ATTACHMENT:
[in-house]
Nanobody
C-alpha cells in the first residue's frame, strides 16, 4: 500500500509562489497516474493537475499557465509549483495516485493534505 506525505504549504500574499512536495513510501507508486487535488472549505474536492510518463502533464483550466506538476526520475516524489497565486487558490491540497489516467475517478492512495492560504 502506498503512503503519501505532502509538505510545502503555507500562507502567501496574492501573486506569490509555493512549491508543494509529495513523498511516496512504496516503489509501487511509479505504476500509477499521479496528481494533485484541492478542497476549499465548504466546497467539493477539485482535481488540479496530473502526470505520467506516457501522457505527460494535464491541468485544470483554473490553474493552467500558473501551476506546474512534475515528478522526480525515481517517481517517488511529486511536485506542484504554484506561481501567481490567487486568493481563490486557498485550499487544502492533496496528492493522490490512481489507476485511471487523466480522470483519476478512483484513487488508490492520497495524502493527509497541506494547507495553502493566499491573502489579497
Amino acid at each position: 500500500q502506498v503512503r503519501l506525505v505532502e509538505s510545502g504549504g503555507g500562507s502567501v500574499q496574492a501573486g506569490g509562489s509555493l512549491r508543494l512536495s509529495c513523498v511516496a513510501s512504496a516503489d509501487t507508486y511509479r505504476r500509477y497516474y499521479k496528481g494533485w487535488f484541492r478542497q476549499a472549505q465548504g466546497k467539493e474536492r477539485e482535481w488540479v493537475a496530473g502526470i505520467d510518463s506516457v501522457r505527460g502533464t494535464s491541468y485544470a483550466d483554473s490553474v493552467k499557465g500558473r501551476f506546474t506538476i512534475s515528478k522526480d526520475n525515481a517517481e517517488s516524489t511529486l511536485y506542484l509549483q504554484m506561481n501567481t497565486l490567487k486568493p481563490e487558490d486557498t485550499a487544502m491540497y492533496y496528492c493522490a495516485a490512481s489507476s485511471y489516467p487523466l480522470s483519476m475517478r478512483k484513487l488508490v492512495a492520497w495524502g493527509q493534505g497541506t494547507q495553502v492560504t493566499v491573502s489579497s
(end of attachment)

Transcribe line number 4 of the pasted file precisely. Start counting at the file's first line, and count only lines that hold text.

Amino acid at each position: 500500500q502506498v503512503r503519501l506525505v505532502e509538505s510545502g504549504g503555507g500562507s502567501v500574499q496574492a501573486g506569490g509562489s509555493l512549491r508543494l512536495s509529495c513523498v511516496a513510501s512504496a516503489d509501487t507508486y511509479r505504476r500509477y497516474y499521479k496528481g494533485w487535488f484541492r478542497q476549499a472549505q465548504g466546497k467539493e474536492r477539485e482535481w488540479v493537475a496530473g502526470i505520467d510518463s506516457v501522457r505527460g502533464t494535464s491541468y485544470a483550466d483554473s490553474v493552467k499557465g500558473r501551476f506546474t506538476i512534475s515528478k522526480d526520475n525515481a517517481e517517488s516524489t511529486l511536485y506542484l509549483q504554484m506561481n501567481t497565486l490567487k486568493p481563490e487558490d486557498t485550499a487544502m491540497y492533496y496528492c493522490a495516485a490512481s489507476s485511471y489516467p487523466l480522470s483519476m475517478r478512483k484513487l488508490v492512495a492520497w495524502g493527509q493534505g497541506t494547507q495553502v492560504t493566499v491573502s489579497s